Andrew Olmem, who served as deputy director of the White House National Economic Council under President Donald Trump, said the approach could make implementation of some of the new stimulus “easier than for the prior bills,” including the $2 trillion Cares Act adopted at the height of the crisis last March.
“But the bill’s new funding programs will take time to set up as the personnel, financial, legal and organizational requirements for establishing a new program need to be completed,” Olmem added. “Every new program invariably runs into unexpected obstacles and challenges.”
With rental relief, for example, the U.S. government started working to deliver the money to cash-strapped tenants and landlords after lawmakers voted last year. But confusing government rules, a paucity of local infrastructure to disburse the money and a changeover from the Trump to the Biden administration meant that most of the $25 billion in aid has not helped families in need, roughly three months after Trump signed it into law.
“Very little of the $25 billion has reached low-income renters and landlords yet,” said Diane Yentel, president of the National Low Income Housing Coalition. She predicted that recent changes under Biden - and the new aid approved by Congress this week - will help speed money to renters in great need. “I expect the numbers to increase significantly in the coming days and weeks.”
A slew of other efforts to help struggling businesses similarly have been trapped in the federal bureaucracy. In December, for example, Congress approved $15 billion in emergency assistance for independent entertainment venues affected by the pandemic. Initially dubbed the Save Our Stages Act, the initiative enabled the Small Business Administration to issue grants as a financial life raft for concert and theater venues that have had little to no business for almost an entire year.
But Audrey Fix Schaefer, a board member of the National Independent Venue Association, said none of the $15 billion has been disbursed. The SBA has not even issued grant applications, Schaefer said, leaving businesses unaware of when they might see a check. Many of those businesses passed on the Paycheck Protection Program, hoping they would be able to get more money from this entertainment-specific aid.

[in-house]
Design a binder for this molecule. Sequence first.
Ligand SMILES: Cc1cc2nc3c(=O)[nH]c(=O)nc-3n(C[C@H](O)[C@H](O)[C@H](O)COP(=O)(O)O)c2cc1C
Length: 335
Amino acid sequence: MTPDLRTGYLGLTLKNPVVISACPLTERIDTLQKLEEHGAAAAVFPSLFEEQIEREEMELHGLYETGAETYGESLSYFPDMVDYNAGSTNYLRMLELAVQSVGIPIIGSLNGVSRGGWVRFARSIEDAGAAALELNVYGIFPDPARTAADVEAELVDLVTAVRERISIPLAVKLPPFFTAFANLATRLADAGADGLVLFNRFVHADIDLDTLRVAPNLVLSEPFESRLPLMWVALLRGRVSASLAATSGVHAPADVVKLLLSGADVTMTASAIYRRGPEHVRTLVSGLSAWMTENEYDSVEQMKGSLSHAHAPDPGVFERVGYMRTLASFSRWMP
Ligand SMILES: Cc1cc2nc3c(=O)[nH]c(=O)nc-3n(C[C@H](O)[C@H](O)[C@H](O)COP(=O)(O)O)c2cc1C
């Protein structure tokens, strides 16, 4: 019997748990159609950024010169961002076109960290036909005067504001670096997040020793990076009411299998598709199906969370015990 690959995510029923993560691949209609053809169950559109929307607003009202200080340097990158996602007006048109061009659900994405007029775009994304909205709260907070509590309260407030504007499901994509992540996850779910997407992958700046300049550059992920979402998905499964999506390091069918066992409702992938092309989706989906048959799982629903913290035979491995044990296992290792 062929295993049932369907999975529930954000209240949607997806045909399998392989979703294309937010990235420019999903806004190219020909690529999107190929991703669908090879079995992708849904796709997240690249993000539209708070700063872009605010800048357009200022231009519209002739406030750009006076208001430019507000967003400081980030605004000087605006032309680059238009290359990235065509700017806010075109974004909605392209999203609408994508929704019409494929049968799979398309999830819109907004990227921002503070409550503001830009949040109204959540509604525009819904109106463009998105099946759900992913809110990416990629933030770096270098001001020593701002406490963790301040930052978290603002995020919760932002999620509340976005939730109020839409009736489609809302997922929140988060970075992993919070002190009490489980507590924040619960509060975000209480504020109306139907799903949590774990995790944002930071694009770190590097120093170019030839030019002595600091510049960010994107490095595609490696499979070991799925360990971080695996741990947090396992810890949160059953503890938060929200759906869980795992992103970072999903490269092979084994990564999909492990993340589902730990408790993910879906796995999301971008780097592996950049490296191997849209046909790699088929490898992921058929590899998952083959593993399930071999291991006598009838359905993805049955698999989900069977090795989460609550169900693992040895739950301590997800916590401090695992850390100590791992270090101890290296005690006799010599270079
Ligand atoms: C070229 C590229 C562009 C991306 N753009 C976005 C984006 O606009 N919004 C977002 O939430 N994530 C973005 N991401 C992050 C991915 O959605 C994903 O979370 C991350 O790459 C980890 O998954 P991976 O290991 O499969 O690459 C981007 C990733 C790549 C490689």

“We imagine that isn’t easy to administer, but we were always hoping the money would start to flow by the middle of February,” Schaefer said.
The new stimulus would task the SBA with another round of responsibilities, including the administration of a $25 billion-plus fund for restaurants that have seen precipitous drops in dining because of coronavirus restrictions. The restaurant fund is similar to the one set aside for theaters, leading Sean Kennedy, the executive vice president for public affairs for the National Restaurant Association, to say this week that it will probably be “months and not weeks” before the money starts to flow.
The Biden administration also faces particularly steep challenges in the disbursal of approximately $350 billion in new stimulus aid for states, cities, tribes and territories. At the core are logistical questions about how and when that money gets sent, as Washington manages tens of billions in grants to local governments for other programs, such as education and vaccine deployment, all of which must be sorted quickly.
“It’s just a logistical nightmare,” said Bill Hoagland, a senior vice president at the Bipartisan Policy Center and former Republican staff director for the Senate Budget Committee. “It becomes a real management problem and management issue.”
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The Washington Post’s Erica Werner contributed to this report.